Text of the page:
• Polybrominated biphenyls (PBB)
  • Polybrominated diphenyl ether (PBDE)
  • Hexavalent chromium
  • Cadmium (Cd)
  • Lead (Pb)
  • Mercury (Hg)
  • Radioactive substances
  • Phosphors
  • Beryllium, Antimony
  • Lithium, Cadmium
  • Glycol
  • Precious Metals – Indium, platinum, gold, silver & palladium

Composition of E-Waste:

The following table helps you to understand the different compositions of e-waste, its source, and risks associated with health and the environment.

Electronic ComponentComposition / Content of E-wasteRisk to Environment & Health
BatteryCadmium: Cadmium is used in Ni-Cd (Nickel-Cadmium) batteries as part of the electrode. Cadmium is toxic and may cause cancer
BatterySulfur: Sulfur is widely used in lead-acid batteries.If not handled properly, it’s dangerous to human beings and may cause kidney, liver, and heart damage.
Heat SinkBeryllium oxide: Beryllium oxide is used in manufacturing heat sink components. Toxic in nature and may cause cancer if inhaled.
Heat ExchangerChromium VI: Chromium VI plating is widely used in plating sheet metal and tubing components in air-conditioning and refrigerators to avoid rust also known as a hexavalent coating.Very toxic if inhaled and may cause genetic damage. Harmful to the aquatic environment.
(Printed Circuit Board Assembly)
Lead: Lead is widely used to solder electronics components on PCBA boards. In modern PCBA design, non-RoHS elements are used to meet RoHS regulations.Risk of soil contamination
LCD (Liquid Crystal Display)Multiple substances are used to form a liquid crystal display. Contains hazardous ingredients. Harmful to the aquatic environment.
PCBA, Thermostat:Mercury: Used in thermostat and PCBA components.
Harmful to human beings and aquatic organisms. Risk to kidney and central nervous system
X-ray fluorescent screens, Cathode-ray tubesCadmium sulfide: Used in semiconductors and also used in x-ray fluorescent screens and cathode ray tubes.Harmful if swollen or inhaled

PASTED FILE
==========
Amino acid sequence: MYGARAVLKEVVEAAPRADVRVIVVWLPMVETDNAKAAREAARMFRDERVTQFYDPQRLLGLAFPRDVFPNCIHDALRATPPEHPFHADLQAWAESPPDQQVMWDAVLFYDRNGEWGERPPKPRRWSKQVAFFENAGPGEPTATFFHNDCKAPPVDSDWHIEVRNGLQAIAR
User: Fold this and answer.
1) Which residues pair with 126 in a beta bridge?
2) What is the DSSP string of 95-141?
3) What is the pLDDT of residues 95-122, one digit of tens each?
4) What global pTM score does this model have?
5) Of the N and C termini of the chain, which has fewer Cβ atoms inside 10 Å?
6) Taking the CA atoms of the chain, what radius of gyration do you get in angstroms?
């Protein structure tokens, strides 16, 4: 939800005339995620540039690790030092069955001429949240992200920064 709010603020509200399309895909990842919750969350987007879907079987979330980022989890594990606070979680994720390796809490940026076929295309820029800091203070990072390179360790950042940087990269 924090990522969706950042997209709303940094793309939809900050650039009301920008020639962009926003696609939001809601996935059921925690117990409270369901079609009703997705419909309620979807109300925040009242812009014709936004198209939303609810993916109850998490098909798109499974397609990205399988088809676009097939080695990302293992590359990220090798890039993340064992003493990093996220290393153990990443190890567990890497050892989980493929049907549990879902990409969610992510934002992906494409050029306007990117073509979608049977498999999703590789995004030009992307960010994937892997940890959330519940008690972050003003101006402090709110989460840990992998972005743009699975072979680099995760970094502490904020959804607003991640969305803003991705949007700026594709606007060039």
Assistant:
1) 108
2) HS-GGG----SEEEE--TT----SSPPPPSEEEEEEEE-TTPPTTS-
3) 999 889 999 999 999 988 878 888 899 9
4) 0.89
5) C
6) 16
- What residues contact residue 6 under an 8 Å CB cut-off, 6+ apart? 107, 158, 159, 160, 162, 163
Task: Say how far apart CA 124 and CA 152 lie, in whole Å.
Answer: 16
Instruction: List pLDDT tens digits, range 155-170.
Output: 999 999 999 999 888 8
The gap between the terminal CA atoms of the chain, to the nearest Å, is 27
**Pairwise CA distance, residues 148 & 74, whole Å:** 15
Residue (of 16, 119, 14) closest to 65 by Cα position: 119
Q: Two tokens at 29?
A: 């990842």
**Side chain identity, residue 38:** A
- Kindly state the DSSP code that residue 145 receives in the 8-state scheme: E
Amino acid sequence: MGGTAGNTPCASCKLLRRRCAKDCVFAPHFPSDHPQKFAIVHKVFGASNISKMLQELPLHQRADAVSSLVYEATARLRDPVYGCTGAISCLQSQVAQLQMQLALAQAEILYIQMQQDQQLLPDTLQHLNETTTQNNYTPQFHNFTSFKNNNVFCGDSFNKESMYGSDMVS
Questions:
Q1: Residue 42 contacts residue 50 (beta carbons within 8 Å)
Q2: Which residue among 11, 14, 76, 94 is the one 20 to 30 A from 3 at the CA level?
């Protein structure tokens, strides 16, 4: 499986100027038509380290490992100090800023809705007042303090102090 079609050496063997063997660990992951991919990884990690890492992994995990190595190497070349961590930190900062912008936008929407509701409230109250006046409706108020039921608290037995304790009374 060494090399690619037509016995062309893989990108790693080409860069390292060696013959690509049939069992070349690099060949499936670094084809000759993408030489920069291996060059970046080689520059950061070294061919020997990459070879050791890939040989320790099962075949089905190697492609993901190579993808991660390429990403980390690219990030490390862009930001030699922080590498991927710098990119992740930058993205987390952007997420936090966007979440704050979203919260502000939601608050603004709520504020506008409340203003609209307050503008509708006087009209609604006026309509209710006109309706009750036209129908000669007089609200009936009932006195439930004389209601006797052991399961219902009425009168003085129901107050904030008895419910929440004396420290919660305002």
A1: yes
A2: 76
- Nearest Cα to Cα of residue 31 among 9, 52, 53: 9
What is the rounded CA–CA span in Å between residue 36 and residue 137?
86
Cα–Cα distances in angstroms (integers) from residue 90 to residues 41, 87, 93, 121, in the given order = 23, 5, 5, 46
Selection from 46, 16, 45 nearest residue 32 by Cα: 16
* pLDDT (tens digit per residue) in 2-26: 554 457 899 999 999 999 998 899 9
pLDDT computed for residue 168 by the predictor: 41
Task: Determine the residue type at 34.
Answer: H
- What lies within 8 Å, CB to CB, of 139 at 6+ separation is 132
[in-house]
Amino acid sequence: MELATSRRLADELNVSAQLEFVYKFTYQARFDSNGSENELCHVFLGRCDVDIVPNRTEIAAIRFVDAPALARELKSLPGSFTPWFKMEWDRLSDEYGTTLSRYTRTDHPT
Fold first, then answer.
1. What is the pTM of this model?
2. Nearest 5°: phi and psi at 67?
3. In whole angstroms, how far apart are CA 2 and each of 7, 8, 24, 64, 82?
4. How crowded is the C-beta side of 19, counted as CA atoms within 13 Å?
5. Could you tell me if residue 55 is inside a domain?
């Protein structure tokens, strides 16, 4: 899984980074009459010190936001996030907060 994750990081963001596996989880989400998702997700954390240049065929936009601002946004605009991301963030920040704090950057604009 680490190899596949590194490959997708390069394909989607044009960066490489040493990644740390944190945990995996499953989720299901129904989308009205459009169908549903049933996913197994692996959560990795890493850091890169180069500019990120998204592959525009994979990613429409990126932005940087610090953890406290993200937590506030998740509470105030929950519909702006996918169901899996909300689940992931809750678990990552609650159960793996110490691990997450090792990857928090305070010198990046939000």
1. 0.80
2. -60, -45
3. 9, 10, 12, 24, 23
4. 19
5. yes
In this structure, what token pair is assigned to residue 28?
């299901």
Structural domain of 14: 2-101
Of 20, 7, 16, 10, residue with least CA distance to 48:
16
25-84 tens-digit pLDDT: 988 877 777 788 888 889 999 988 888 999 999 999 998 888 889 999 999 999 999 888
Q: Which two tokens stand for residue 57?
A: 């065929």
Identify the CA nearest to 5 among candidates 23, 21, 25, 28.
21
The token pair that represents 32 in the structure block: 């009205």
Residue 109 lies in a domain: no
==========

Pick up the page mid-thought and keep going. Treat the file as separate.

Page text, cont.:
Elector terminal, switch, and connectorsCopper beryllium alloys are used in various types of electrical connectors, and switches. Toxic by inhalation.

Adverse Effects of E-Waste

  • Hazardous and toxic content in e-waste can cause health and environmental issues. 
  • If E-waste is not handled properly it leads to soil contamination, air pollution, and impact on the animal, and groundwater sources.

Regulation to control e-waste:

Various countries deployed stringent rules and regulations for e-waste disposal. These regulations are binding to manufacturers, distributors, repair or service centers, dismantlers, recyclers, and refurbisher. 

Most of the e-waste control and management regulations cover the following key elements,

  • Definition
  • Composition and Components of e-waste & RoHS
  • Roles and responsibilities of the manufacturer, producers, dismantler, recycler, and refurbishing center
  • Assessment of e-waste and its hazardous level
  • Recovery, recycling, and reuse process and rules
  • E-waste disposal and treatment

Key Take Ways / Conclusion:

  • E-waste is harmful to health and the environment, hence E-waste must be collected, stored, handled, recycled, and disposed of carefully!
  • Never disposed of electronics waste in general waste or household trash! It must be stored properly and handed over to an authorized e-waste recycler.
  • Deploy a risk-assessment process and e-waste handling process and policy in your organization.
  • Adhere to local and global regulations!